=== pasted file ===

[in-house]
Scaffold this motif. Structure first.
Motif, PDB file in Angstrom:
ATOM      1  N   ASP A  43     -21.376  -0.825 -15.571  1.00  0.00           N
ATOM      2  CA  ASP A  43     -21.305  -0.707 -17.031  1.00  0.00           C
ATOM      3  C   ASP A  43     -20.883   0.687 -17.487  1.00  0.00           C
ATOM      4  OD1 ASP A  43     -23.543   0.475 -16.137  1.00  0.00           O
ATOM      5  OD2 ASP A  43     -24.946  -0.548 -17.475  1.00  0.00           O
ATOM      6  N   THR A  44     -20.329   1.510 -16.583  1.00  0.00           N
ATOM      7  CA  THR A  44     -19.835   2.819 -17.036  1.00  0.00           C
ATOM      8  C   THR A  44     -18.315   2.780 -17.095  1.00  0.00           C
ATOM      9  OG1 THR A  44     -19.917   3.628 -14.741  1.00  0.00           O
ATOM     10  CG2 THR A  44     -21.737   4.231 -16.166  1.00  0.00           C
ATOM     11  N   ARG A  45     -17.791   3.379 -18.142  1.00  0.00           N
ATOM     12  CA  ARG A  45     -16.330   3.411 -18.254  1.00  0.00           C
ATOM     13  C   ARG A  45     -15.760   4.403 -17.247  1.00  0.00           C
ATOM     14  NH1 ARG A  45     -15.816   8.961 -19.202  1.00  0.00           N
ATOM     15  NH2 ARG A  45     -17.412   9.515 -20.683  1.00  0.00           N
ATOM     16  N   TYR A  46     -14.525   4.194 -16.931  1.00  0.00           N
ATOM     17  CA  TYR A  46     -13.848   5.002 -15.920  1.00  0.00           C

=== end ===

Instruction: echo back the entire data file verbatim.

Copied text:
[in-house]
Scaffold this motif. Structure first.
Motif, PDB file in Angstrom:
ATOM      1  N   ASP A  43     -21.376  -0.825 -15.571  1.00  0.00           N
ATOM      2  CA  ASP A  43     -21.305  -0.707 -17.031  1.00  0.00           C
ATOM      3  C   ASP A  43     -20.883   0.687 -17.487  1.00  0.00           C
ATOM      4  OD1 ASP A  43     -23.543   0.475 -16.137  1.00  0.00           O
ATOM      5  OD2 ASP A  43     -24.946  -0.548 -17.475  1.00  0.00           O
ATOM      6  N   THR A  44     -20.329   1.510 -16.583  1.00  0.00           N
ATOM      7  CA  THR A  44     -19.835   2.819 -17.036  1.00  0.00           C
ATOM      8  C   THR A  44     -18.315   2.780 -17.095  1.00  0.00           C
ATOM      9  OG1 THR A  44     -19.917   3.628 -14.741  1.00  0.00           O
ATOM     10  CG2 THR A  44     -21.737   4.231 -16.166  1.00  0.00           C
ATOM     11  N   ARG A  45     -17.791   3.379 -18.142  1.00  0.00           N
ATOM     12  CA  ARG A  45     -16.330   3.411 -18.254  1.00  0.00           C
ATOM     13  C   ARG A  45     -15.760   4.403 -17.247  1.00  0.00           C
ATOM     14  NH1 ARG A  45     -15.816   8.961 -19.202  1.00  0.00           N
ATOM     15  NH2 ARG A  45     -17.412   9.515 -20.683  1.00  0.00           N
ATOM     16  N   TYR A  46     -14.525   4.194 -16.931  1.00  0.00           N
ATOM     17  CA  TYR A  46     -13.848   5.002 -15.920  1.00  0.00           C